against benevolences (Lives of the Chief Justices, i. 450; cf. Gardiner, History of England, ii. 268). He also erroneously describes him as member for Bedford county in 1628, and ‘mainly instrumental in carrying the Petition of Right’ (Campbell, i. 452). St. John received employment from Francis Russell, fourth earl of Bedford [q. v.], in his law business, and was sent to the Tower in November 1629 for communicating to Bedford Sir Robert Dudley's ‘Proposition for his Majesty's service to bridle the impertinence of Parliaments.’ He was threatened with the rack and brought before the Star-chamber for circulating a seditious document, but the prosecution was dropped and the offenders pardoned on the occasion of the birth of Charles II (Gardiner, vii. 139; Cal. State Papers, Dom. 1629–30, pp. 97, 98, 110; Life of Sir Simonds D'Ewes, ii. 40). St. John was also associated with the Earl of Warwick, Lord Saye, John Pym, and other opposition leaders in the management of the company for the plantation of the island of Providence (Cal. State Papers, Colonial, 1574–1660, p. 123).
Even more important in its influence on his political career was the connection with the Cromwell family, resulting from St. John's marriage, first with a distant relative, and after her death with a cousin of the future Protector. Cromwell's close friendship with the second Mrs. St. John is shown by the remarkable letter which he addressed to her in 1638 (Carlyle, Cromwell, Letter 2). According to Clarendon, St. John never forgave the court his imprisonment in 1629, and ‘contracted an implacable displeasure against the church purely from the company he kept’ (Rebellion, iii. 32). In 1637 his papers were seized in consequence of the suspicion that he had drawn Henry Burton's answer to the information preferred against him in the Star-chamber for his attack against the bishops (Bruce, Documents relating to William Prynne, pp. 77, 83, Camd. Soc. 1877). In the same year he acted as counsel for Lord Saye and John Hampden in their resistance to the payment of ship-money. His speech in Hampden's case gained him an immense reputation, and, though hitherto he had had little practice in Westminster Hall, henceforward he was called ‘into all courts and to all causes where the King's prerogative was most contested’ (Clarendon, Rebellion, iii. 32; Rushworth, ii. 481–544). In the Short parliament of April 1640 St. John represented Totnes. In August of the same year he helped Pym to draw up the famous petition of the twelve peers which led to the calling of the Long parliament (Camden Society Miscellany, vol. viii. ‘Papers relating to the Delinquency of Lord Savile,’ p. 2). When the Long parliament met, St. John, who was again returned for Totnes, became naturally one of its leaders. He was ‘in a firm and entire conjunction’ with Pym and Hampden, and ‘of intimate trust’ with the Earl of Bedford, being thus one of the half-dozen opposition politicians who made up ‘the engine which moved all the rest.’ Clarendon describes him as ‘a man reserved, and of a dark and clouded countenance, very proud, and conversing with very few, and those men of his own humour and inclinations.’ He was ‘very seldom known to smile,’ but could not conceal his cheerfulness when the king dissolved the Short parliament, believing that so moderate a body of men ‘would never have done what was necessary to be done’ (Clarendon, ii. 78, iii. 32). In the Long parliament St. John opened the attack on ship-money. On 7 Dec. 1640 he presented the report of the committee appointed by the commons to deal with the subject, and a month later set forth the case against that impost to the House of Lords (Commons' Journals, ii. 46; Mr. St. John's Speech in the Upper House of Parliament, 7 Jan. 1640–1, concerning Ship-money, 4to, 1640). On 29 Jan. following the king, at the proposal of the Earl of Bedford, appointed St. John solicitor-general, ‘hoping that he would have been very useful in the House of Commons, where his authority was then great; at least that he would be ashamed ever to appear in anything that might prove prejudicial to the crown’ (Clarendon, iii. 85).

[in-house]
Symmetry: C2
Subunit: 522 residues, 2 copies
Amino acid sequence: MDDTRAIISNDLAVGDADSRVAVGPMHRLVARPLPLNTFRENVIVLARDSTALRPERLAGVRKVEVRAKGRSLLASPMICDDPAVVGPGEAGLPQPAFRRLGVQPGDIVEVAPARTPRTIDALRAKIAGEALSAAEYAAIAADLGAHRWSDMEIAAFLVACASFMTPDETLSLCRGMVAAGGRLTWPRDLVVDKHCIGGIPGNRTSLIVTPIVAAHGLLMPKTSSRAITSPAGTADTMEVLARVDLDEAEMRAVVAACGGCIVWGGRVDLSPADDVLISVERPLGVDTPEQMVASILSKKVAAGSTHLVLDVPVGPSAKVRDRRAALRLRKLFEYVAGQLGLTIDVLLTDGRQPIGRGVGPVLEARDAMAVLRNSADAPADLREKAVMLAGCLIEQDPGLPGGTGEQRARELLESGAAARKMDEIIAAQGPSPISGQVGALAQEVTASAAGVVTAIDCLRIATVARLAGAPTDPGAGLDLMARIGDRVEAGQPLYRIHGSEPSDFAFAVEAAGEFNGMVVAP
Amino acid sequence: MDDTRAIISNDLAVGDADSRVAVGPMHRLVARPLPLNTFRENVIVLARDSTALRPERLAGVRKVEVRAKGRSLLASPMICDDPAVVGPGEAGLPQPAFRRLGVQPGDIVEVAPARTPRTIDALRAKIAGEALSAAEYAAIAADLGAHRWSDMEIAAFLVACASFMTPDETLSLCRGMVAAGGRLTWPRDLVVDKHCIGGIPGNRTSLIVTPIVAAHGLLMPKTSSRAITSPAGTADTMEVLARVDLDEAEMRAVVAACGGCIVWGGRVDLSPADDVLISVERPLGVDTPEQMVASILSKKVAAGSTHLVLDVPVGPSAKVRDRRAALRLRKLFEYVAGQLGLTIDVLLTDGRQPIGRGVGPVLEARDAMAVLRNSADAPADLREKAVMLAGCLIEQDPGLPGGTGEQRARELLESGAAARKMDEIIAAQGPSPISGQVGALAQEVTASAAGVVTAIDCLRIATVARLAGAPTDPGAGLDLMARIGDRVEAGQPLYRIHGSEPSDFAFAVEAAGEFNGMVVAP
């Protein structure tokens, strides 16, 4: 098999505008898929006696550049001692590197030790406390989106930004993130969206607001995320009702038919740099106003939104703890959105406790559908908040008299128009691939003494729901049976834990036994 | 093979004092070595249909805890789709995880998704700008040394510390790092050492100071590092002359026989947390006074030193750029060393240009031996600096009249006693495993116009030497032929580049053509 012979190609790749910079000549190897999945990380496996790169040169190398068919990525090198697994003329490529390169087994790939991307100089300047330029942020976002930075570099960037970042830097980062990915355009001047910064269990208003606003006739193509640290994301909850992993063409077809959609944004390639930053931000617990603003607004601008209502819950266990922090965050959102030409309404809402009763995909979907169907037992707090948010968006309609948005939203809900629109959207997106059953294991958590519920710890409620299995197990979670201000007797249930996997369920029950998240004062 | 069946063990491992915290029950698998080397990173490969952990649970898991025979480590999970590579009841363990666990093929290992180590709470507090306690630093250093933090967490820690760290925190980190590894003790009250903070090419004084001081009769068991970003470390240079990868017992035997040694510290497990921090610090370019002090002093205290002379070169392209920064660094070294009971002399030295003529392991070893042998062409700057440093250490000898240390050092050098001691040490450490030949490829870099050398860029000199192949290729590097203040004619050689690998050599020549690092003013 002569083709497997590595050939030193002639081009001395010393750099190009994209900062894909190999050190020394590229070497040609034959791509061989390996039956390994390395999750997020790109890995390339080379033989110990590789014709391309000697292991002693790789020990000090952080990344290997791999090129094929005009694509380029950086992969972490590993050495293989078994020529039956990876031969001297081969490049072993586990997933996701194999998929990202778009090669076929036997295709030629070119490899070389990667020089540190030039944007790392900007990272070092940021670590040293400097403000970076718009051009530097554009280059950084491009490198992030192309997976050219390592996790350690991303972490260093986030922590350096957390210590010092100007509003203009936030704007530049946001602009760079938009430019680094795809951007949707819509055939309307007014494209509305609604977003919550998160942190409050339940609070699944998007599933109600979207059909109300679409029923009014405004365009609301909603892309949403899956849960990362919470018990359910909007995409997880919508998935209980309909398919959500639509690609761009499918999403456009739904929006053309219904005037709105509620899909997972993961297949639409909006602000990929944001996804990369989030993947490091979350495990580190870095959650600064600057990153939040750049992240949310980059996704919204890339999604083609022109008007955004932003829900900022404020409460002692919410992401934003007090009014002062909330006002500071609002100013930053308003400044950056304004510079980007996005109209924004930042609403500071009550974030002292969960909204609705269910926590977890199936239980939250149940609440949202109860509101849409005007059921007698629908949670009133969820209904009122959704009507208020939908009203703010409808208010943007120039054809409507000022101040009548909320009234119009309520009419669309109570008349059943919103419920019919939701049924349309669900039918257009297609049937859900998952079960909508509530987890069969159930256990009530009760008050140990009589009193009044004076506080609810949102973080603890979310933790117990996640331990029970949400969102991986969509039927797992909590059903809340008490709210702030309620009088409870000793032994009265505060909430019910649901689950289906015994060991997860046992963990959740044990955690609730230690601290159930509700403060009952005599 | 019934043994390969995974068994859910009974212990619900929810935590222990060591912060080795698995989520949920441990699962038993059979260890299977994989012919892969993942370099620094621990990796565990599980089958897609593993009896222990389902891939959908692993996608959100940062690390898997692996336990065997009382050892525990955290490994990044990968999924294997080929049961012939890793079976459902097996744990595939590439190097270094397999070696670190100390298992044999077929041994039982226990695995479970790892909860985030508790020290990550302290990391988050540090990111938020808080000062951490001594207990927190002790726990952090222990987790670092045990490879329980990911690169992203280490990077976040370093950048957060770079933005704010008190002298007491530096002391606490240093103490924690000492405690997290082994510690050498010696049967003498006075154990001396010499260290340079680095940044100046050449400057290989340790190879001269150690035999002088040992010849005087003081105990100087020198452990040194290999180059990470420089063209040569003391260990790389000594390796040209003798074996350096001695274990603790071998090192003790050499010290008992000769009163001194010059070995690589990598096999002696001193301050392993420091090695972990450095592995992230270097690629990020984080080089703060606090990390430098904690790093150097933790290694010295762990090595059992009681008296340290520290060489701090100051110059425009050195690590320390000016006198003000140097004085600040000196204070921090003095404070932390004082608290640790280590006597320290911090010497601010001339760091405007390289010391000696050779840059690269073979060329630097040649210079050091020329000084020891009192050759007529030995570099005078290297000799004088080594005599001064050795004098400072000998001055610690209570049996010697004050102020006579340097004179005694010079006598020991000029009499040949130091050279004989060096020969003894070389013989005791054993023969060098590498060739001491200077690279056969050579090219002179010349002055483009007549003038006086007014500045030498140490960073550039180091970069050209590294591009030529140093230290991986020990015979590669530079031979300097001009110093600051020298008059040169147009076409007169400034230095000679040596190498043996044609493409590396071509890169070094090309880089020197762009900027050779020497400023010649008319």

Office, however, made no change in St. John's political attitude. He played an important part in Strafford's trial, promoted the bill for his attainder, and argued in his speech to the lords on its behalf that, as Strafford had endeavoured to destroy the law, he was not entitled to its protection. ‘He that would not have had others to have law, why should he have any himself? … We give law to hares and deer because they be beasts of chase. It was never accounted either cruelty or foul play to knock foxes and wolves on the head, as they can be found, because they are beasts of prey’ (ib. iii. 140; An Argument of Law concerning the Bill of Attainder of Thomas, Earl of Strafford, 4to, 1641, p. 72; Sanford, Studies and Illustrations of the Great Rebellion, pp. 341–7). According to Clarendon, both the Root and Branch Bill and the Militia Bill were drawn by St. John (Rebellion, iii. 156, 245). He was also a member of the committee ap-